ChuckP ChuckP - 26 days ago 18
R Question

Is `outer` fast enough for my double summation?

I'm trying to evaluate the following double sums in r:

enter image description here

I know

outer
is a quick way to do it. I've tried the following

sum(f(outer(X,X,function(x,y) (x-y)/c)))


and while it seems to work, I'm not sure just how fast it is compare to some alternatives? Does it make a difference in terms of speed to do
outer
first then my function or vice versa? is there a better way to do it?

Answer

I would like to point out first that you can write you code as

sum(f(outer(x, x, "-") / c))

This reduces function call overhead, as subtraction in R is already a function. Try "-"(5, 2).


outer is fast enough for your application. The only case when it is suboptimal is when your function f is symmetric around 0, i.e., f(-u) = f(u). In this case, optimal computation only sums over the lower triangular of combination matrix outer(x, x, "-"), and multiply the sum by 2 for summation over off-diagonals. Finally, diagonal results are added.

The following function does this. We generate (i, j) indices for the lower triangular part (excluding diagonal) of the combination matrix, then the lower triangular part of outer(x, x, "-") / c would be dx <- (x[i] - x[j]) / c. Now,

  • if f is symmetric, the result is 2 * sum(f(dx)) + n * f(0), and this is faster than outer;
  • if f is asymmetric, we have to do sum(f(dx)) + sum(f(-dx)) + n * f(0), and this won't have any advantage over outer.

## `x` is the vector, `f` is your function of interest, `c` is a constant
## `symmetric` is a switch; only set `TRUE` when `f` is symmetric around 0
g <- function (x, f, c, symmetric = FALSE) {
  n <- length(x)
  j <- rep.int(1:(n-1), (n-1):1)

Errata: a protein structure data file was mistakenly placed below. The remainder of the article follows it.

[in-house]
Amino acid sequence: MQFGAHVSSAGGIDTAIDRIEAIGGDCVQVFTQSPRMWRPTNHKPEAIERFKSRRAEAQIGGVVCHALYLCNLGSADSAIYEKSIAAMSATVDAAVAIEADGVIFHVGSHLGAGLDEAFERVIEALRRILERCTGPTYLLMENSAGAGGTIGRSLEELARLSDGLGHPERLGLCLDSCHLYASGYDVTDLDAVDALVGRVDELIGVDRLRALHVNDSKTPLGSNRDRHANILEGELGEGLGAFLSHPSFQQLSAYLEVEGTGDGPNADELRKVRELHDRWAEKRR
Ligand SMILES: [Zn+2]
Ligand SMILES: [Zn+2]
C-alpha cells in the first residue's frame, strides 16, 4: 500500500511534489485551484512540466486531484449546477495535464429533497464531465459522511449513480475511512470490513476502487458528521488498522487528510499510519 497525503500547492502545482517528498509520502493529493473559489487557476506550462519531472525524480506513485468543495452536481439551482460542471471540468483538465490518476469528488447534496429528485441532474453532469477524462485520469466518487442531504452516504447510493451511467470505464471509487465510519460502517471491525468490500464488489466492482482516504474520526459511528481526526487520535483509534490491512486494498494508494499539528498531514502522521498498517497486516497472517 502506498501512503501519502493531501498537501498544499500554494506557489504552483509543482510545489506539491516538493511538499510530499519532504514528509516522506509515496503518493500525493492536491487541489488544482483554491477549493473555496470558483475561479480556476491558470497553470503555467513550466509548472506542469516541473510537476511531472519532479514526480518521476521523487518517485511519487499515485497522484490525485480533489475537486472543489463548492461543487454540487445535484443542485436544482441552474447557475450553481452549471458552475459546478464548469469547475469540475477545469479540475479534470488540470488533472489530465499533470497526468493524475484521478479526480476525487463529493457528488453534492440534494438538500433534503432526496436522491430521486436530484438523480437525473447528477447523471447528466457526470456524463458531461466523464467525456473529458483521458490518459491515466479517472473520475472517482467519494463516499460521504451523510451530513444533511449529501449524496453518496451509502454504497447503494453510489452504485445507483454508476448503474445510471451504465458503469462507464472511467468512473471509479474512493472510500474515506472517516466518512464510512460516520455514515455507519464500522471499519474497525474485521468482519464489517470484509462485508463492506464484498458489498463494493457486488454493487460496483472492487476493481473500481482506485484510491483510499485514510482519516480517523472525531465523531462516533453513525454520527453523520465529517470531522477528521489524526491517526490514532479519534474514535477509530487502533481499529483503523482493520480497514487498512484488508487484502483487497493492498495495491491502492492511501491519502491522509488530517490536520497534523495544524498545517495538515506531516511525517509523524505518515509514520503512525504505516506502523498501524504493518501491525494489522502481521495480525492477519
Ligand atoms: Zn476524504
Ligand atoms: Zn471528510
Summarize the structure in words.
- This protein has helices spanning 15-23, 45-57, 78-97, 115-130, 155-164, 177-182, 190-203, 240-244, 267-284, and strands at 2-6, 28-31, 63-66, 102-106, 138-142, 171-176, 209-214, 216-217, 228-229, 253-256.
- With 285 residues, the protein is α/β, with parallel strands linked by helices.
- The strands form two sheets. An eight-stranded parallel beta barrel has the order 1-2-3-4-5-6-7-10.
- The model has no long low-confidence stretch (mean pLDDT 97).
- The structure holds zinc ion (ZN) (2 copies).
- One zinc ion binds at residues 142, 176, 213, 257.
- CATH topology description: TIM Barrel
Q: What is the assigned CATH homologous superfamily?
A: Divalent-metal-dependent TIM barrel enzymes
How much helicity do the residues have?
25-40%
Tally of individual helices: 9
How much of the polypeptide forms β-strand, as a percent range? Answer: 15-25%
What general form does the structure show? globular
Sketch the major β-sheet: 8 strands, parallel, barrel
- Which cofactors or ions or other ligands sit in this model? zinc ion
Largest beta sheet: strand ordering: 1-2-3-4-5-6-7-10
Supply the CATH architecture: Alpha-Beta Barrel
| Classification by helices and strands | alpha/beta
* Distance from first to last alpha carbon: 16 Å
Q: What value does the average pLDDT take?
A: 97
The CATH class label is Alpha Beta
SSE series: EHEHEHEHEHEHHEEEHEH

i <- sequence((n-1):1) + j
  dx <- (x[i] - x[j]) / c
  if (symmetric) 2 * sum(f(dx)) + n * f(0)
  else sum(f(dx)) + sum(f(-dx)) + n * f(0)
  }

Consider a small example here. Let's assume c = 2 and a vector x <- 1:500. We also consider a symmetric function f1 <- cos and an asymmetric function f2 <- sin. Let's do a benchmark:

x <- 1:500
library(microbenchmark)

We first consider the symmetric case with f1. Remember to set symmetric = TRUE for g.

microbenchmark(sum(f1(outer(x,x,"-")/2)), g(x, f1, 2, TRUE))

#Unit: milliseconds
#                        expr      min       lq     mean   median       uq
# sum(f2(outer(x, x, "-")/2)) 32.79472 35.35316 46.91560 36.78152 37.63580
#           g(x, f2, 2, TRUE) 20.24940 23.34324 29.97313 24.45638 25.33352
#      max neval cld
# 133.5494   100   b
# 120.3278   100  a 

Here we see that g is faster.

Now consider the asymmetric case with f2.

microbenchmark(sum(f2(outer(x,x,"-")/2)), g(x, f2, 2))

#Unit: milliseconds
#                        expr      min       lq     mean   median       uq
# sum(f2(outer(x, x, "-")/2)) 32.84412 35.55520 44.33684 36.95336 37.89508
#                 g(x, f2, 2) 36.71572 39.11832 50.54516 40.25590 41.75060
#      max neval cld
# 134.2991   100   a
# 142.5143   100   a

As expected, there is no advantage here.


Yes, we also want to check that g is doing the correct computation. It is sufficient to consider a small example, with x <- 1:5.

x <- 1:5

#### symmetric case ####

sum(f1(outer(x, x, "-") / 2))
# [1] 14.71313

g(x, f1, 2, TRUE)
# [1] 14.71313

#### asymmetric case ####

sum(f2(outer(x, x, "-") / 2))
# [1] 0

g(x, f2, 2)
# [1] 0

So g is correct.

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